Unit 2: Hidden talents
Present perfect continuous
Select a unit
- 1 Pop-ups
- 2 Hidden talents
- 3 Can't buy me love
- 4 Travellers' tales
- 5 The colleague from hell
- 6 Jurassic mystery: unpacking the past
- 7 Career changes
- 8 Art
- 9 Project management
- 10 The dog ate my homework!
- 11 The diary of a double agent
- 12 Fashion forward
- 13 Flat pack skyscrapers
- 14 Extreme sports
- 15 Food fads
- 16 Me, my selfie and I
- 17 Endangered animals
- 18 A nip and a tuck: cosmetic surgery
- 19 I'm really sorry...
- 20 Telling stories
- 21 Fakes and phrasals
- 22 Looking to the future
- 23 Becoming familiar with things
- 24 From rags to riches
- 25 Against the odds
- 26 Our future on Mars?
- 27 Where is it illegal to get a fish drunk?
- 28 Dodgy dating
- 29 Annoying advice
- 30 I'll have been studying English for thirty weeks
The present perfect continuous tense
Meaning and use
We use the present perfect continuous to talk about an activity that started in the past and is continuing now or has recently finished.
- I’ve been reading that new book you lent me… I’m really enjoying it. (= action still in progress)
- Is that Joe? I’ve been trying to contact you. I’ve got some bad news. (= action recently finished)
We often use it to emphasise the continuous, ongoing nature of the activity or to say how long the activity has continued.
- She’s already been sleeping for two hours.
- It’s been raining all morning.
- I’ve been decorating the house this summer.
When we use the present perfect continuous for situations that have recently finished, we often use the adverb just.
- 'You’ve got paint all over your T-shirt.' 'Oh, I’ve just been painting the living room.'
We often use recently and lately with the present perfect continuous.
- I’m really tired. I haven’t been sleeping well lately.
The present perfect continuous is made with:
subject + have/has/haven’t/hasn’t + been + present participle of main verb.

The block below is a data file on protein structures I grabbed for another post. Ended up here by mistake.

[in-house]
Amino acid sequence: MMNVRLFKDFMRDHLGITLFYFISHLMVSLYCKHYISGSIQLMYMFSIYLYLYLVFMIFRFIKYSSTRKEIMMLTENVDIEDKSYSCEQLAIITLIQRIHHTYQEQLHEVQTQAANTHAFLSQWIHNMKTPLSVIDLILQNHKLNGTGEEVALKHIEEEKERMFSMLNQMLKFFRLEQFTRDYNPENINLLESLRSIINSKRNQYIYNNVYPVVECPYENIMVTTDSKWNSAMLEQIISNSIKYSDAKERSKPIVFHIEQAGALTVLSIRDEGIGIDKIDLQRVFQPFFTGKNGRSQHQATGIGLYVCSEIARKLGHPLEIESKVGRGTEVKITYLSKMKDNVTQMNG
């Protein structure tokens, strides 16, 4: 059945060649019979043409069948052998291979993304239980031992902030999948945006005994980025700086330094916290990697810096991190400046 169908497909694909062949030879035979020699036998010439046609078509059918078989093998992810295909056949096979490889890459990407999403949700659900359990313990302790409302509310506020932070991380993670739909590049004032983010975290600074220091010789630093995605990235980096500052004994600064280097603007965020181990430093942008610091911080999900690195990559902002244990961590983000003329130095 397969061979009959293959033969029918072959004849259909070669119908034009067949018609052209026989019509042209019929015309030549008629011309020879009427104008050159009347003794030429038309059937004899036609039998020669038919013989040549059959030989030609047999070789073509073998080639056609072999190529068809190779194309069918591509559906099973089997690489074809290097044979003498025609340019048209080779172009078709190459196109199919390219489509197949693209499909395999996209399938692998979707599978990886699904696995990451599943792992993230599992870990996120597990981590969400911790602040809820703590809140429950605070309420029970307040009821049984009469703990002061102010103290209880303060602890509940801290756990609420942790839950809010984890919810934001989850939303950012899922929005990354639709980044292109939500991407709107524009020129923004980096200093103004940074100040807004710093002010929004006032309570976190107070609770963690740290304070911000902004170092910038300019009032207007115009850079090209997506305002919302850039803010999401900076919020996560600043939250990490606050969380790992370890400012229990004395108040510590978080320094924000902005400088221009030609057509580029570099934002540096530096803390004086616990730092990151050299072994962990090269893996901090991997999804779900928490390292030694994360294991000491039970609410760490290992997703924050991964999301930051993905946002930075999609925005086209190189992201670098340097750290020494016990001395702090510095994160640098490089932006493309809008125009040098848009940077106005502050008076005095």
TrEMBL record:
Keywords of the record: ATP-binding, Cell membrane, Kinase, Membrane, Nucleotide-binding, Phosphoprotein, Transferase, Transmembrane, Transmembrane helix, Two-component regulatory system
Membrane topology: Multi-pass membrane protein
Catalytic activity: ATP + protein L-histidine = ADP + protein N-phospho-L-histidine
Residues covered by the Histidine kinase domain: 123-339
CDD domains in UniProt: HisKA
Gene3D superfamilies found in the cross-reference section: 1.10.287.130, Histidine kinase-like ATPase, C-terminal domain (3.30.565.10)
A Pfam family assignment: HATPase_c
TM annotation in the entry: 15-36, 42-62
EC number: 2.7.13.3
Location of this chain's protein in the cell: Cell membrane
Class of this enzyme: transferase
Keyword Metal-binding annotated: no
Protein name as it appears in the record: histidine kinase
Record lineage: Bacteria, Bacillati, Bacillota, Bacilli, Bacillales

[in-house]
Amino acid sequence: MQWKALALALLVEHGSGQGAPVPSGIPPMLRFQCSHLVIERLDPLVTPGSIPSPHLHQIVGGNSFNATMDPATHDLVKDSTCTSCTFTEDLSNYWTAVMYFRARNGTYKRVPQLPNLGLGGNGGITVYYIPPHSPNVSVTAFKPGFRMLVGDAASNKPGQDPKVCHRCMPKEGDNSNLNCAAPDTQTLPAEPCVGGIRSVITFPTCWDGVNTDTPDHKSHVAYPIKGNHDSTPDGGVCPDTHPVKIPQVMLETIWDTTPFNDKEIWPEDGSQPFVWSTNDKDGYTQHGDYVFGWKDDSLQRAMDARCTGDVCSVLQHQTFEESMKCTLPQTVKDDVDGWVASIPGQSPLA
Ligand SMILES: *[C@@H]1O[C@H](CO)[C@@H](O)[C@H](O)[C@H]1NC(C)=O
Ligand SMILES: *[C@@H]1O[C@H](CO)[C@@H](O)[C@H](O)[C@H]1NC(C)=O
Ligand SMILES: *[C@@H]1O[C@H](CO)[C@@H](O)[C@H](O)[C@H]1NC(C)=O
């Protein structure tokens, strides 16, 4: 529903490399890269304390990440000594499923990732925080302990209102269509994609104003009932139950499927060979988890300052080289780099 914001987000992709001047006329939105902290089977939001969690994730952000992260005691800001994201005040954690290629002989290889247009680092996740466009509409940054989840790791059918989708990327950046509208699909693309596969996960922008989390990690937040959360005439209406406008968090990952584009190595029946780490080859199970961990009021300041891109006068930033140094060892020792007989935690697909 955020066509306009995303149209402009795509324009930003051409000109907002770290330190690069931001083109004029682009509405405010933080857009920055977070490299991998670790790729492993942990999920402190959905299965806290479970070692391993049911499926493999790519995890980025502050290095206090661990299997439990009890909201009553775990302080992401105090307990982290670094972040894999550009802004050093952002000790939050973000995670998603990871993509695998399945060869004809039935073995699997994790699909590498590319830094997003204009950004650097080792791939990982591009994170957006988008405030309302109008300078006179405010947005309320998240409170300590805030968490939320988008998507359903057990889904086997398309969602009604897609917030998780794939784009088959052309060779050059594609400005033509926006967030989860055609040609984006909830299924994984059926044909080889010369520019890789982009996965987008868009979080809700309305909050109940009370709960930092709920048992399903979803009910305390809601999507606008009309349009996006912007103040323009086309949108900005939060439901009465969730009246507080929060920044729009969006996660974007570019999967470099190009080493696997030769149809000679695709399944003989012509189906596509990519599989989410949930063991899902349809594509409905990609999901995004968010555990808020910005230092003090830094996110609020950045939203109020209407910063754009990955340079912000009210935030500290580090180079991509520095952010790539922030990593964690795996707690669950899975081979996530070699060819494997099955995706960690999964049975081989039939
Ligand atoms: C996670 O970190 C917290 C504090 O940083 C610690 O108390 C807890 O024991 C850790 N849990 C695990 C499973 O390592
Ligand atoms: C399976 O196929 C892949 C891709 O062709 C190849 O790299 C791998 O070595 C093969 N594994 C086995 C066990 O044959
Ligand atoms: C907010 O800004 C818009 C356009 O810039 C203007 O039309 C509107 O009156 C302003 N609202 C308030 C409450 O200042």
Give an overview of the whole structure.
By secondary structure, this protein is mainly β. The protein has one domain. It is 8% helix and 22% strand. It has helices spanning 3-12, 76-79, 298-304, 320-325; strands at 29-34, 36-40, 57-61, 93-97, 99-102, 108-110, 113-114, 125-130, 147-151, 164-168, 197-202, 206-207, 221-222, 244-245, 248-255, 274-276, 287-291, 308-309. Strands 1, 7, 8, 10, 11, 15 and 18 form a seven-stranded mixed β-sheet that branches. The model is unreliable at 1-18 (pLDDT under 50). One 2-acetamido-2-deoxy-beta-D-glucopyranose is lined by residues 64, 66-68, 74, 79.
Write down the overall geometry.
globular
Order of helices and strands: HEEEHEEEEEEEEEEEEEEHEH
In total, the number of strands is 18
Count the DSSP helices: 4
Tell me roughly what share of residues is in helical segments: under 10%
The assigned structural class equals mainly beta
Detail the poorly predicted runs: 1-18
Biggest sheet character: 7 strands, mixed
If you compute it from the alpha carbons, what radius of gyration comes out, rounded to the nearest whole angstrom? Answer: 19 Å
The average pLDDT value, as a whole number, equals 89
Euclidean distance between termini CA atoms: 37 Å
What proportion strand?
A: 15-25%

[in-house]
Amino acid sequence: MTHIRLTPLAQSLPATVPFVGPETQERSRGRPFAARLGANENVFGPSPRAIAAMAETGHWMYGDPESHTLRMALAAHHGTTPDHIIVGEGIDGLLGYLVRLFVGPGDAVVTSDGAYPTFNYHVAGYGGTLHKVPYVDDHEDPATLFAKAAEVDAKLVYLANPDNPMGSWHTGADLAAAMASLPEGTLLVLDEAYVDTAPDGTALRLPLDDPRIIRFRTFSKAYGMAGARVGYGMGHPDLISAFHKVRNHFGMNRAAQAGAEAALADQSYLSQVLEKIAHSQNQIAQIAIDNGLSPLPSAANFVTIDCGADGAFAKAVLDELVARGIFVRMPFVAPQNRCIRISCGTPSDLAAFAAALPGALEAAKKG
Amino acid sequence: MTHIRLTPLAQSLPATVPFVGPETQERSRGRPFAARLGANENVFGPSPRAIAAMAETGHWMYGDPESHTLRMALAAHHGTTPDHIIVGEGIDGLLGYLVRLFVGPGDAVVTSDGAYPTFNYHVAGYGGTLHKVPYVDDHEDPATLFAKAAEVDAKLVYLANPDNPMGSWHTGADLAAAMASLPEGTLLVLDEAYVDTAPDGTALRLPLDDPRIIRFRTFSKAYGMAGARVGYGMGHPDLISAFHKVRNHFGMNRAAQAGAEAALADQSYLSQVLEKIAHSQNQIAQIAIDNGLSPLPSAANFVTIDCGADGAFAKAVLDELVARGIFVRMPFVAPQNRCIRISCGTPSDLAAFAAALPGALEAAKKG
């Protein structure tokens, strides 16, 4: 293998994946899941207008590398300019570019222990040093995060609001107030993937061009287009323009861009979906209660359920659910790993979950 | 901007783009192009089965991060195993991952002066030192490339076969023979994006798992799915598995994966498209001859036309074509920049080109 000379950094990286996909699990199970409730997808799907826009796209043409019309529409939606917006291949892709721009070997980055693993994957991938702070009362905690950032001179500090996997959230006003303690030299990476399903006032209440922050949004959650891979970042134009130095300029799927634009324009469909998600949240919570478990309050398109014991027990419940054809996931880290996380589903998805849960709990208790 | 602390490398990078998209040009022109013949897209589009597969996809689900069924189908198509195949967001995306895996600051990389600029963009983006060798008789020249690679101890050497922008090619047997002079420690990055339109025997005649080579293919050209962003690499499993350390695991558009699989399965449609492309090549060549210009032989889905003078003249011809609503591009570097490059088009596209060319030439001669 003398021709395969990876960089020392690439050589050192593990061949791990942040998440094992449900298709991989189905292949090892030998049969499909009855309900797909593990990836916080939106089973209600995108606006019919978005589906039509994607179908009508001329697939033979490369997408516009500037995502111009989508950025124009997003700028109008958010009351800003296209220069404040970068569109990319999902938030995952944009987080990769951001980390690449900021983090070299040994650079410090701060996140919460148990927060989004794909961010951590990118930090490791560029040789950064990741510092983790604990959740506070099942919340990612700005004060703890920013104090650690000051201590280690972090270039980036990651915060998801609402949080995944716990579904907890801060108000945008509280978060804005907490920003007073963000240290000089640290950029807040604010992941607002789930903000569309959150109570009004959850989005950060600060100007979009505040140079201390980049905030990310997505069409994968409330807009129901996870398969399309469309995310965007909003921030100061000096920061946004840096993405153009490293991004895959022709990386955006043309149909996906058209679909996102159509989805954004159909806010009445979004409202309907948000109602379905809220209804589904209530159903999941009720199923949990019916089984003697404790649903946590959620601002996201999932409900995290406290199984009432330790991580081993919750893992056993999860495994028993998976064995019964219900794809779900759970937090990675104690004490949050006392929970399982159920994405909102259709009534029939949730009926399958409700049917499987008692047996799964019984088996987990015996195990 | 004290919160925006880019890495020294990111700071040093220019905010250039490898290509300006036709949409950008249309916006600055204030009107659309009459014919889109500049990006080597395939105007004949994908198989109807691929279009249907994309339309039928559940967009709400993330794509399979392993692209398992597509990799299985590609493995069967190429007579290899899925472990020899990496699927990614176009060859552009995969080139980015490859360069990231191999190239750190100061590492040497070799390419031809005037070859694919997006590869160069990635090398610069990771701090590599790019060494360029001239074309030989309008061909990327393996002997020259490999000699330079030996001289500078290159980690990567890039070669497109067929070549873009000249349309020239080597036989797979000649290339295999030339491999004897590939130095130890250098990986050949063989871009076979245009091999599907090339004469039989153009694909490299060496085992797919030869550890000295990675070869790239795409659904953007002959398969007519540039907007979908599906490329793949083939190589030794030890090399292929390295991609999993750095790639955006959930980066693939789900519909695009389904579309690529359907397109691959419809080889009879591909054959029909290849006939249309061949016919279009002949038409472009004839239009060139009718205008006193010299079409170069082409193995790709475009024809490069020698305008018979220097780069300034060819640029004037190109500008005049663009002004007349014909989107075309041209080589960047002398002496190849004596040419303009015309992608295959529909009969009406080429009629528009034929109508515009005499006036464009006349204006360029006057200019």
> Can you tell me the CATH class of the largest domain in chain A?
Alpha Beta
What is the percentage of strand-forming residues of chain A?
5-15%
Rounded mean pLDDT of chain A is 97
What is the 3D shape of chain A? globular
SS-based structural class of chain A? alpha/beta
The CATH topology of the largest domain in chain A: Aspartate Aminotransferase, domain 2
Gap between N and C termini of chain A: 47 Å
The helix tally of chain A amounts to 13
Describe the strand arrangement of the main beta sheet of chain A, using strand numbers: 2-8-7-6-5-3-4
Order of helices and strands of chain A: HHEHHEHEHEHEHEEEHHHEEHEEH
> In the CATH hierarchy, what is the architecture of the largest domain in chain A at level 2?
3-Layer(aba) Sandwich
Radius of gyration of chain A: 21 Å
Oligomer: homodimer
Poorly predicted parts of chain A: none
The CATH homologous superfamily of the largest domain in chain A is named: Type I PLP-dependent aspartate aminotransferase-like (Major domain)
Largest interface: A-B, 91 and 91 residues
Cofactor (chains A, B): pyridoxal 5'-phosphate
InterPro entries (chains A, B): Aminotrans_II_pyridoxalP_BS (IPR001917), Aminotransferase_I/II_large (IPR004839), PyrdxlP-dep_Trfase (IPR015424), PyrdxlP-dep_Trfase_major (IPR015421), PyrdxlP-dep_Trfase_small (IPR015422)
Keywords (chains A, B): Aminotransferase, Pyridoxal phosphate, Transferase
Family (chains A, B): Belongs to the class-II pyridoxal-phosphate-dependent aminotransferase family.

We put just and already between have/has and the past participle. We usually put adverbs of time and duration after the main verb.
- Jack’s working very hard for his exams. He’s been revising all day.
- I’ve been working at the café for two weeks.
- You’ve been watching far too much telly for too long. Why don’t you take up a new sport?
- I haven’t been drinking coffee these last few days and my head is much clearer.
- Doctor, I’ve been feeling dizzy and faint in the mornings.
Present perfect continuous questions are made with:
have/has not + subject + present participle.
- Have you been eating all the biscuits? There are none left!
- What have you been doing? You look exhausted!
Take note: present perfect continuous and present perfect
Some verbs are almost never used in the present perfect continuous. We use the present perfect instead. The most familiar examples of these are be and know.
WRONG: She’s been being here for ten minutes.
CORRECT: She’s been here for 10 minutes.
WRONG: I’ve only been knowing him since last week.
CORRECT: I’ve only known him since last week.
Take note: already
It is possible to put already at the end of a positive sentence or question.
- He has already been talking for ten minutes.
- Has he already been talking for ten minutes?
- He has been talking for ten minutes already.
- Has he been talking for ten minutes already?
In sentences with just and already, there is usually no stress on has/have or on just/already. The stress is on the subject and the present participle.
- The chicken has already been cooking for an hour and a half.
- I have just been thinking about Joe. Do you think he’s better now?
But we can put stress on just/already if we want to emphasise how recently or early something happened.
- The chicken must be ready by now. It’s already been cooking for an hour and a half.
- Oh, hi Joe. I’ve just been talking about you to Sophie!